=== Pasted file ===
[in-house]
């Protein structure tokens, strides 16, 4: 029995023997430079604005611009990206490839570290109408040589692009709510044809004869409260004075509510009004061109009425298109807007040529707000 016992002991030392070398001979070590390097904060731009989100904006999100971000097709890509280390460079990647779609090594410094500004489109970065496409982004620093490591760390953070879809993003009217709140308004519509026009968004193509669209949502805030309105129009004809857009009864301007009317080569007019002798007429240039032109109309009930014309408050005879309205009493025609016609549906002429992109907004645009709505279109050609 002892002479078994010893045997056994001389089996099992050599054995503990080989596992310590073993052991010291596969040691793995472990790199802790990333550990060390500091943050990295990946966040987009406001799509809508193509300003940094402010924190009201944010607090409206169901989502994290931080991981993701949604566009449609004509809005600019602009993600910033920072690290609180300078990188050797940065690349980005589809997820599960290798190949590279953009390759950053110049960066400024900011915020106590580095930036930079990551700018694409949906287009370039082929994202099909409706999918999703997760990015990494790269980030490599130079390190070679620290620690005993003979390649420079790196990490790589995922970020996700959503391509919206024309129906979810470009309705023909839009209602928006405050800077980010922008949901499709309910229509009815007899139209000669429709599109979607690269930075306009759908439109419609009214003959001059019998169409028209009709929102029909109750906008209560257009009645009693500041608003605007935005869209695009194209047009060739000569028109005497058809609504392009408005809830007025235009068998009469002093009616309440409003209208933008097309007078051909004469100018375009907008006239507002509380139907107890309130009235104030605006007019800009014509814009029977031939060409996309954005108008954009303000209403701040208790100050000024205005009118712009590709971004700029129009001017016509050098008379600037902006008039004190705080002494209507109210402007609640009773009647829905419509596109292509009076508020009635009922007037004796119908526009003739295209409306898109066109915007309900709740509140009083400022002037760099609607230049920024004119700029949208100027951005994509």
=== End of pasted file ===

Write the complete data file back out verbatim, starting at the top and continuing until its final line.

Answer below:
[in-house]
């Protein structure tokens, strides 16, 4: 029995023997430079604005611009990206490839570290109408040589692009709510044809004869409260004075509510009004061109009425298109807007040529707000 016992002991030392070398001979070590390097904060731009989100904006999100971000097709890509280390460079990647779609090594410094500004489109970065496409982004620093490591760390953070879809993003009217709140308004519509026009968004193509669209949502805030309105129009004809857009009864301007009317080569007019002798007429240039032109109309009930014309408050005879309205009493025609016609549906002429992109907004645009709505279109050609 002892002479078994010893045997056994001389089996099992050599054995503990080989596992310590073993052991010291596969040691793995472990790199802790990333550990060390500091943050990295990946966040987009406001799509809508193509300003940094402010924190009201944010607090409206169901989502994290931080991981993701949604566009449609004509809005600019602009993600910033920072690290609180300078990188050797940065690349980005589809997820599960290798190949590279953009390759950053110049960066400024900011915020106590580095930036930079990551700018694409949906287009370039082929994202099909409706999918999703997760990015990494790269980030490599130079390190070679620290620690005993003979390649420079790196990490790589995922970020996700959503391509919206024309129906979810470009309705023909839009209602928006405050800077980010922008949901499709309910229509009815007899139209000669429709599109979607690269930075306009759908439109419609009214003959001059019998169409028209009709929102029909109750906008209560257009009645009693500041608003605007935005869209695009194209047009060739000569028109005497058809609504392009408005809830007025235009068998009469002093009616309440409003209208933008097309007078051909004469100018375009907008006239507002509380139907107890309130009235104030605006007019800009014509814009029977031939060409996309954005108008954009303000209403701040208790100050000024205005009118712009590709971004700029129009001017016509050098008379600037902006008039004190705080002494209507109210402007609640009773009647829905419509596109292509009076508020009635009922007037004796119908526009003739295209409306898109066109915007309900709740509140009083400022002037760099609607230049920024004119700029949208100027951005994509």